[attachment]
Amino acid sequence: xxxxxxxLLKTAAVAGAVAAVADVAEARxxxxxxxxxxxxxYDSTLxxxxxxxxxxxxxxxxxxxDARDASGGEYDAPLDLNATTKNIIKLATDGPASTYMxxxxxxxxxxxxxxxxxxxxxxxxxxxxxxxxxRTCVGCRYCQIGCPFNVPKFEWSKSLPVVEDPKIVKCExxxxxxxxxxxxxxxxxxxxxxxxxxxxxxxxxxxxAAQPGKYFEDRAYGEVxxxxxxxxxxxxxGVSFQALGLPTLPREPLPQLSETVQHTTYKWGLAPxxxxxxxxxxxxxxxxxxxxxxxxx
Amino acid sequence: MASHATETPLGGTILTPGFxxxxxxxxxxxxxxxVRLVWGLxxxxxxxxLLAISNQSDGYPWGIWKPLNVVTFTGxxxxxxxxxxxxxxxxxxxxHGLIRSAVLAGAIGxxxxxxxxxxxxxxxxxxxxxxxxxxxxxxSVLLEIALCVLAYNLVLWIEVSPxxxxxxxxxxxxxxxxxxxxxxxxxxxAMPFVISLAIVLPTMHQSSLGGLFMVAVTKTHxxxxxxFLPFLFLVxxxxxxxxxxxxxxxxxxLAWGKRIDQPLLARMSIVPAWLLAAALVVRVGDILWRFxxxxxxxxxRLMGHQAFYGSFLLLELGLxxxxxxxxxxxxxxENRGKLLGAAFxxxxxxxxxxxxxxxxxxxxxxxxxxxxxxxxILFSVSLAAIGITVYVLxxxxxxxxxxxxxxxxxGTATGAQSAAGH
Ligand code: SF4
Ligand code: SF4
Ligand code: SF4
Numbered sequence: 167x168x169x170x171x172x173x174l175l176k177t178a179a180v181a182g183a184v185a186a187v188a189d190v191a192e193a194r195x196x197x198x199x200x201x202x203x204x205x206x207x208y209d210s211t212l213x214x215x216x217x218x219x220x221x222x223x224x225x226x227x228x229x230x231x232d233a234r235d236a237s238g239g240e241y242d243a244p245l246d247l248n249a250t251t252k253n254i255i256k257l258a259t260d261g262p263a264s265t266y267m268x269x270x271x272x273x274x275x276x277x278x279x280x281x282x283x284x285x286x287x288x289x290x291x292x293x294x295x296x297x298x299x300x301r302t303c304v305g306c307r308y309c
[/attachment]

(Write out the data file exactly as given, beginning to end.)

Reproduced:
Amino acid sequence: xxxxxxxLLKTAAVAGAVAAVADVAEARxxxxxxxxxxxxxYDSTLxxxxxxxxxxxxxxxxxxxDARDASGGEYDAPLDLNATTKNIIKLATDGPASTYMxxxxxxxxxxxxxxxxxxxxxxxxxxxxxxxxxRTCVGCRYCQIGCPFNVPKFEWSKSLPVVEDPKIVKCExxxxxxxxxxxxxxxxxxxxxxxxxxxxxxxxxxxxAAQPGKYFEDRAYGEVxxxxxxxxxxxxxGVSFQALGLPTLPREPLPQLSETVQHTTYKWGLAPxxxxxxxxxxxxxxxxxxxxxxxxx
Amino acid sequence: MASHATETPLGGTILTPGFxxxxxxxxxxxxxxxVRLVWGLxxxxxxxxLLAISNQSDGYPWGIWKPLNVVTFTGxxxxxxxxxxxxxxxxxxxxHGLIRSAVLAGAIGxxxxxxxxxxxxxxxxxxxxxxxxxxxxxxSVLLEIALCVLAYNLVLWIEVSPxxxxxxxxxxxxxxxxxxxxxxxxxxxAMPFVISLAIVLPTMHQSSLGGLFMVAVTKTHxxxxxxFLPFLFLVxxxxxxxxxxxxxxxxxxLAWGKRIDQPLLARMSIVPAWLLAAALVVRVGDILWRFxxxxxxxxxRLMGHQAFYGSFLLLELGLxxxxxxxxxxxxxxENRGKLLGAAFxxxxxxxxxxxxxxxxxxxxxxxxxxxxxxxxILFSVSLAAIGITVYVLxxxxxxxxxxxxxxxxxGTATGAQSAAGH
Ligand code: SF4
Ligand code: SF4
Ligand code: SF4
Numbered sequence: 167x168x169x170x171x172x173x174l175l176k177t178a179a180v181a182g183a184v185a186a187v188a189d190v191a192e193a194r195x196x197x198x199x200x201x202x203x204x205x206x207x208y209d210s211t212l213x214x215x216x217x218x219x220x221x222x223x224x225x226x227x228x229x230x231x232d233a234r235d236a237s238g239g240e241y242d243a244p245l246d247l248n249a250t251t252k253n254i255i256k257l258a259t260d261g262p263a264s265t266y267m268x269x270x271x272x273x274x275x276x277x278x279x280x281x282x283x284x285x286x287x288x289x290x291x292x293x294x295x296x297x298x299x300x301r302t303c304v305g306c307r308y309c